The reaction was originally considered dose-dependent; however, it usually occurs after cumulative doses of 100–300 mg. It has also been reported after small doses, and there is a case described in the literature of flagellate hyperpigmentation after an intralesional injection of 14 units of bleomycin for plantar warts [7]. The interval between the administration of drug and the onset of flagellate erythema ranges variably and can occur anywhere from the first day to 9 weeks after bleomycin administration and can last up to six months [2]. Physical examination usually reveals linear intermingled streaks formed by rows of adjoining firm papules, which can show evidence of punctuate hemorrhages or can be pustular in character. Histological and ultrastructural studies indicated that bleomycin reduced the epidermal turnover, resulting in a prolonged contact between melanocytes and keratinocytes. Polla et al. found spongiosis mainly localised in the basal layer of the epidermis together with a perivascular infiltrate consisting of lymphocytes and neutrophil granulocytes as well as pigmentary incontinence [8].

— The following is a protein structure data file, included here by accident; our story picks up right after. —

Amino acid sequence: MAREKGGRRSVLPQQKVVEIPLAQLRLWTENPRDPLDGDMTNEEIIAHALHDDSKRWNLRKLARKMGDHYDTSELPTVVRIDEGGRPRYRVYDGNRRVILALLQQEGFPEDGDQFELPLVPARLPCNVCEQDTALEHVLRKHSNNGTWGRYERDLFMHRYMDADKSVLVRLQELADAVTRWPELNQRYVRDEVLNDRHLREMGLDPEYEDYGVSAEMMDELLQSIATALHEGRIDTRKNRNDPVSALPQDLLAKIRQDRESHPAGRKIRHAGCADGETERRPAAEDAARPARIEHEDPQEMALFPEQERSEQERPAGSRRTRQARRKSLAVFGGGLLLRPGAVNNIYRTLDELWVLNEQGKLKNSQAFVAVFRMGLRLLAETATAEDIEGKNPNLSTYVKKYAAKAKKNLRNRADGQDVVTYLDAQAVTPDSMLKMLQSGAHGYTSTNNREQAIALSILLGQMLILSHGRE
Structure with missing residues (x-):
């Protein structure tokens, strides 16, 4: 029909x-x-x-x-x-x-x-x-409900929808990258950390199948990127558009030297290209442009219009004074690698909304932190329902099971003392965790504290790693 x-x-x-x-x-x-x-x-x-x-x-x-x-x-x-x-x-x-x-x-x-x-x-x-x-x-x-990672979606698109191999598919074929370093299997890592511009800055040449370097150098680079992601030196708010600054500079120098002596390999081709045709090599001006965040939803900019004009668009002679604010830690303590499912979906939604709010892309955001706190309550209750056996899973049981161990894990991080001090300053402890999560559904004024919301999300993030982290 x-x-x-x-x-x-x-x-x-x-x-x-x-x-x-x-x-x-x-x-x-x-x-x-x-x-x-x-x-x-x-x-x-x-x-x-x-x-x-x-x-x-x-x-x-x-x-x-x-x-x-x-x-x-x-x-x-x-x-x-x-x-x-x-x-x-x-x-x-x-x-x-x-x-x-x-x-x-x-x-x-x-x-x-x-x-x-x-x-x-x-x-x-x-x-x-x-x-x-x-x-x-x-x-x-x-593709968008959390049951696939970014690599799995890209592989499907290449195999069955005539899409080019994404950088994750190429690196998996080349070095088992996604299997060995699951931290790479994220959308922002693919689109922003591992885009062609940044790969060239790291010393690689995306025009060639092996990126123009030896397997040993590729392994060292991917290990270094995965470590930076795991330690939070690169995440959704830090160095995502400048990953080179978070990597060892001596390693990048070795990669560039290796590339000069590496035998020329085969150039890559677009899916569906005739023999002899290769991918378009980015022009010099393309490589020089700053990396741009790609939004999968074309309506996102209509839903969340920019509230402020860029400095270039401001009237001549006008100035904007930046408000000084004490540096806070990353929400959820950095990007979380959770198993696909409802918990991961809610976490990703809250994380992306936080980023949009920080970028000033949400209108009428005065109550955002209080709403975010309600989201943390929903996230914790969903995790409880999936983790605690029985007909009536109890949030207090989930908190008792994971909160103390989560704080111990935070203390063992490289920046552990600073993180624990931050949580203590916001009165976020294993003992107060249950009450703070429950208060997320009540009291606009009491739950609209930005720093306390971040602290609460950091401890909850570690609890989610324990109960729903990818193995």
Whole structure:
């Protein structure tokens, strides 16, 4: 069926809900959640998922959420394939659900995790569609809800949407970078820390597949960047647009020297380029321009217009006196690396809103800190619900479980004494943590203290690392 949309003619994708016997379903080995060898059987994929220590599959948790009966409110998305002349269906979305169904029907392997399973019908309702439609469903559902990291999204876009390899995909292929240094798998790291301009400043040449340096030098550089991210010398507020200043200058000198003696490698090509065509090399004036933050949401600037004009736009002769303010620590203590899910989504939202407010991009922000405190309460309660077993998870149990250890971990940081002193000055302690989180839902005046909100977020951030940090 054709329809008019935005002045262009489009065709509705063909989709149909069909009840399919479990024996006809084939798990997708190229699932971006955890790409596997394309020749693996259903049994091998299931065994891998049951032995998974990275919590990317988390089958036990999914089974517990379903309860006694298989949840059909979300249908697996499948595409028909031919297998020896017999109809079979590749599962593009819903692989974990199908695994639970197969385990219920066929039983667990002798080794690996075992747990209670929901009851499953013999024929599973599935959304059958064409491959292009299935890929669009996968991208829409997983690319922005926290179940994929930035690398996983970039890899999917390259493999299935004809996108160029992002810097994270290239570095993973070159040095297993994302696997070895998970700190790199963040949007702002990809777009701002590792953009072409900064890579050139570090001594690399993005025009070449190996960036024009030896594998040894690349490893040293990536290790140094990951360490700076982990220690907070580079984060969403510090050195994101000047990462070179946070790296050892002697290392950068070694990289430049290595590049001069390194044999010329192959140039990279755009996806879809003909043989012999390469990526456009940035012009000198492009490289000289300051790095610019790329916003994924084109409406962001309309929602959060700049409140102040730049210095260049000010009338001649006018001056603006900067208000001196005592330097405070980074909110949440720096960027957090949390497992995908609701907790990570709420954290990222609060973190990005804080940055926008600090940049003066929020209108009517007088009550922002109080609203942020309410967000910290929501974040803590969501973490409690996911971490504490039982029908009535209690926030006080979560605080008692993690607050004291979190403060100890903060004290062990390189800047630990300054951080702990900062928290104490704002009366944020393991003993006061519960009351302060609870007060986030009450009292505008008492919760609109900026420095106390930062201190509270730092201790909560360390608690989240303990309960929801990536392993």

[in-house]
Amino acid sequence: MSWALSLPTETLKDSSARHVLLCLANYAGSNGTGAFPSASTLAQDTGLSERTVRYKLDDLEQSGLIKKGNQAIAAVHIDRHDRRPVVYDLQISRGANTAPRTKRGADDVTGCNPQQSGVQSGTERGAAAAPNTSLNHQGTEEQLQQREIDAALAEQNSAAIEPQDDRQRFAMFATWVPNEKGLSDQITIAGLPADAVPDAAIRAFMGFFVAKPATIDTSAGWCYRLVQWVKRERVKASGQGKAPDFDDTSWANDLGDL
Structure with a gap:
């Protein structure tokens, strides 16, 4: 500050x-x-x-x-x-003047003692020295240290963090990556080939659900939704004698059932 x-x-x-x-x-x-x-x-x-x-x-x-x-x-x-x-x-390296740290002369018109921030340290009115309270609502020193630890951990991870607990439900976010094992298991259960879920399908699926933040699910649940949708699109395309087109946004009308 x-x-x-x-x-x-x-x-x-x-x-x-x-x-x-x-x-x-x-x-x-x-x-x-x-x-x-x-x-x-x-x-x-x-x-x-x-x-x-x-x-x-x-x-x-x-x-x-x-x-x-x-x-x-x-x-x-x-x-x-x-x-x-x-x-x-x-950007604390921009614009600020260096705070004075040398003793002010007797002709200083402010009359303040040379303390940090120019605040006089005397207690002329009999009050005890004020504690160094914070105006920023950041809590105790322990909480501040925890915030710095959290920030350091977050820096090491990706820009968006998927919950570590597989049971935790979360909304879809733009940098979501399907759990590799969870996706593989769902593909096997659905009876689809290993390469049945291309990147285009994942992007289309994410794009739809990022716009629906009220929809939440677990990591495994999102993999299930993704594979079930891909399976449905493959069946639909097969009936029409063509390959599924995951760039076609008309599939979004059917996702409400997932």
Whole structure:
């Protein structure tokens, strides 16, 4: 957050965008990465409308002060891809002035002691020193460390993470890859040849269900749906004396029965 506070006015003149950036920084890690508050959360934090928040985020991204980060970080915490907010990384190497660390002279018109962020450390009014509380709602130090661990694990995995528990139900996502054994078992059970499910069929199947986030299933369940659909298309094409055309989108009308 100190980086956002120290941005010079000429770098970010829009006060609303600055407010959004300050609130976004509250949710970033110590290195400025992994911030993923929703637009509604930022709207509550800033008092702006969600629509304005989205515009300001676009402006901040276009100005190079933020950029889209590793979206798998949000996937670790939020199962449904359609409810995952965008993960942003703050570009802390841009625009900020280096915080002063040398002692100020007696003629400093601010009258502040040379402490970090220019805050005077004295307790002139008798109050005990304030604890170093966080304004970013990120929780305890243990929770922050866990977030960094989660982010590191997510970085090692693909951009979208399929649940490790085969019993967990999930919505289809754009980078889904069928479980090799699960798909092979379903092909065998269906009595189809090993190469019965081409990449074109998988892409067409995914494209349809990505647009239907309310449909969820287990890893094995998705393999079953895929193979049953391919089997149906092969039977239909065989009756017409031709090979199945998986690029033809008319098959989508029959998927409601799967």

The eruptions are usually self-limiting and usually subside 3-4 months later after the cessation of bleomycin [9]; however, persistence of hyperpigmented streaks for up to 1 year after treatment has been reported [7]. Most cases are reversible following discontinuation of the agent. Antihistamines and topical and oral corticosteroid use have been described and can reduce pruritus [10].

4. Conclusion

Clinicians should be aware of this rare cutaneous manifestation associated with bleomycin and counsel patients appropriately regarding the reversibility of the condition.

Conflict of Interests

The authors declare that there is no conflict of interests regarding the publication of this paper.


The authors acknowledge support from the Royal Marsden/ICR NIHR Specialist Biomedical Research Centre. Dr. Stergios Boussios is clinical research fellow funded by the Hellenic Society of Medical Oncology (HeSMO).